Aug 19, 2017 Last Updated 2:11 PM, Jun 12, 2017

The great plastic threat

THE region faces an enormous threat from plastic bags and other synthetic material initially designed to make life easier. Every day, thousands of plastic bags are used in shops, supermarkets, department stores, restaurants and roadside market stalls.  

Thirty years ago, bread was wrapped in newspaper or newsprint, tied with string and carried under the arm from local shops to homes. The string was recycled – sometimes used to end up as part of a child’s homemade toy – and the paper was used to wrap rubbish, clean windows or light a fire.

Paper and string are bio-degradable and break down easily if they are buried or merely left at the mercy of the elements. Now, bread is pushed into plastic bags for that same journey home from stores around the Pacific. Indeed, every possible purchase from a shop is carried home in some form of plastic which will take hundreds of years to decompose.

Some households use plastic bags to hold rubbish which is removed by municipal councils.

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Protect the environment

PROTECTION of the environment must be foremost in our minds as we watch the gradual demise of smaller island states like Tuvalu and Kiribati. These Pacific island states have started to succumb to global warming and could disappear this century if sea levels creep slowly but surely higher each year.

In Papua New Guinea, sea water has started to seep through the ground on some of the lower, outlying islands, destroying forever areas of rich farm land and depriving islanders of food sources. Erosion of the shoreline is obvious on many of our islands.

The smaller the island, the more obvious are the ravages of the sea. On Vanuabalavu, villagers can show how the sea has crept closer to Saqani Settlement in the last 10 years. Coconut trees which once stood on dry land now have a home in the sea.

At Togoru, Navua, the McGoon family graves were part of the vast expanse of an estate which ranged over acres of grassland. But the sea has shown no respect for the dead, encroaching upon the estate until those who once rested in the cemetery must now lie in the waves. Scientists claim that the steady advance of the sea is due in no small part to melting ice in the polar regions. 

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Give us Media Freedom

JUST over eight years ago this month, as thousands of Christians marked the death of Jesus Christ, Fiji’s interim government crucified the 1997 Constitution. A day later censors were forcibly placed in newsrooms. Then, now the late, President Ratu Josefa Iloilo disregarded an earlier ruling by the Appeals Court which had declared (then) Commodore Frank Bainimarama’s appointment as prime minister illegal.

On Holy Thursday 2008 Bainimarama vowed on national television to abide by the declaration of the court and await the orders of the President. Most of Fiji awoke the following day to the promise of a new beginning and a return to democracy. But it was not to be.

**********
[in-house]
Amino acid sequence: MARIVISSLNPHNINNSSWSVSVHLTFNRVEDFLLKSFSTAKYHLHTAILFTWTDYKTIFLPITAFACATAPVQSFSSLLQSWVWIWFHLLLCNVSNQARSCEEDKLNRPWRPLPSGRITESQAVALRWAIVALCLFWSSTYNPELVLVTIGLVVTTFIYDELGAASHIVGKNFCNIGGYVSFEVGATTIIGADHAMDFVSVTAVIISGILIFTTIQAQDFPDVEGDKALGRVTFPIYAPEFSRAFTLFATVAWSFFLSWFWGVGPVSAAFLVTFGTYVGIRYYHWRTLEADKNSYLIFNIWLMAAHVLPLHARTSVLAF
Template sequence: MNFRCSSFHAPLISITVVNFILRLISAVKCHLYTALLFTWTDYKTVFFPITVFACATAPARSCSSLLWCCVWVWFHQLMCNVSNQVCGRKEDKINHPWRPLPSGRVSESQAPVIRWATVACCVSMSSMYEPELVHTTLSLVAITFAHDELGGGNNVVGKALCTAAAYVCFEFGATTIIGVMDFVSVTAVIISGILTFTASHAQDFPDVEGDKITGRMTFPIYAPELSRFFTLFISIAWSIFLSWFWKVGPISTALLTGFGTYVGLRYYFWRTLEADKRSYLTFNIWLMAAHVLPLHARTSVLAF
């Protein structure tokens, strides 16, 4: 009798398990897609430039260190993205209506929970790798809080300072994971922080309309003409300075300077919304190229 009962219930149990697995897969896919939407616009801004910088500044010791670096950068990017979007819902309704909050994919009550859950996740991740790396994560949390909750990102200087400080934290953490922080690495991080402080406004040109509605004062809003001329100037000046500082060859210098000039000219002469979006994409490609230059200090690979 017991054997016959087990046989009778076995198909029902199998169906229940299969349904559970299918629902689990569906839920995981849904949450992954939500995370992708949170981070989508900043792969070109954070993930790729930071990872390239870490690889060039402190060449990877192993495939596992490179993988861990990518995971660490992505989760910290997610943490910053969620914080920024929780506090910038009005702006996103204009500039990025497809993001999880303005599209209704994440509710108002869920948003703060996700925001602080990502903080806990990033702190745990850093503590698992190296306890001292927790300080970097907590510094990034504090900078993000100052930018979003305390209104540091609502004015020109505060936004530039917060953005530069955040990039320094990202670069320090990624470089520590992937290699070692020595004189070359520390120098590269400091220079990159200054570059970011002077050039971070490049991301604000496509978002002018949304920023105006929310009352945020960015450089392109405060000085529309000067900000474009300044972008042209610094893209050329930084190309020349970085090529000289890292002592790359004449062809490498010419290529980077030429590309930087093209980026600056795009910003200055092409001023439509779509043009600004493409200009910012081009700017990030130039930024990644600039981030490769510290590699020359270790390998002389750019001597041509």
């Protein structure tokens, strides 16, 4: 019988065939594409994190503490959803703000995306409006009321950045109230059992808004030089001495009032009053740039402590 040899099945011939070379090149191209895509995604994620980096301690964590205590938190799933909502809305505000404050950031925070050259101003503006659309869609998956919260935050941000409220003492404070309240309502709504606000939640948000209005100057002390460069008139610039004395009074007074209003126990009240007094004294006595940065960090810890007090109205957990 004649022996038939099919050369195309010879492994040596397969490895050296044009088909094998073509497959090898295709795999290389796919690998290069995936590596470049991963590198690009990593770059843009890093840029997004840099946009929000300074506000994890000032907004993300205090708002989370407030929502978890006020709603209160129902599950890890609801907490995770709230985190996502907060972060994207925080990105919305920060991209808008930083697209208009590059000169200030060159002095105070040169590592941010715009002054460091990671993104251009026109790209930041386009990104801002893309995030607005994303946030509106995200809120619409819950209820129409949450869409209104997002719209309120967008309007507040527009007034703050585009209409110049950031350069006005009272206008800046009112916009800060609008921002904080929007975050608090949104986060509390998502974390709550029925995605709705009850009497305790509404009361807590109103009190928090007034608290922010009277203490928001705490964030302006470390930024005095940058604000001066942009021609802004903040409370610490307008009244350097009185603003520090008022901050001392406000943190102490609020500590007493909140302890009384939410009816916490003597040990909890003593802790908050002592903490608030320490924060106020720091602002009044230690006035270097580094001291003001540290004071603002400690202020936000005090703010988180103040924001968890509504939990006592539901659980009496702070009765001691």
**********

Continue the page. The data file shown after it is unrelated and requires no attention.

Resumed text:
On Good Friday Iloilo re-appointed Bainimarama and abrogated the supreme law by which Fiji had been governed for 12 years. Iloilo effectively killed the Constitution and ushered in an unprecedented six years of rule by decrees and promulgations.

One of those decrees – the Media Industry Development Decree – was born out of those early days of censorship in which journalists and the companies for which they worked were beaten into submission and gagged. 

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Time for the churches to speak

THE church continues to play an integral part in community life in the region more than 200 years after the arrival of the first missionaries. From Rapa Nui (Easter Island) in the east to Papua in the west, villagers continue to flock to church for week day and Sunday services and offer God the produce of their plantations and fishing grounds.

From Tonga in the south to Palau in the north God remains a central part of the lives of people in government, commerce and everyday life. Throughout the region the church continues to hold influence over village elders, government ministers, national sports representatives and children.

Since the advent of Christianity many of the Pacific’s diverse peoples have come to believe that their future success, failure, happiness and security are determined by how well they serve God today. Much comfort is gained in communities by inviting the local cleric to invoke God’s blessings upon communal or national projects. That is why it is so important for our church leaders to speak out on issues of importance.

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Prepare for the worst

IN October 1972, Hurricane Bebe ripped through Fiji leaving 13 people dead in her wake. This was – at the time – the greatest natural disaster to have been visited upon the country. Just two years after independence Bebe was the first hurricane to challenge the scant resources of a fledgling nation which could no longer rely upon the resources of the United Kingdom. It was a tremendous test on the people, the emergency services and the leadership of what was the Pacific’s newest democracy.

Fortunately, larger countries like the United States, Australia and New Zealand rushed to Fiji’s aid providing emergency supplies, helicopters and trucks as part of the massive relief effort. Today Fiji continues to owe an immense debt of gratitude to her friends who answered the call at a particularly critical time in the history of Fiji.

For without the help afforded by these larger nations and many of our smaller neighbours, the path to recovery would have been much more difficult. After Bebe came larger hurricanes and cyclones such as Lottie, Meli, Eric, Nigel, Joni and Kina. And then last year there was Winston – Category Five, the strongest in history to hit Fiji.

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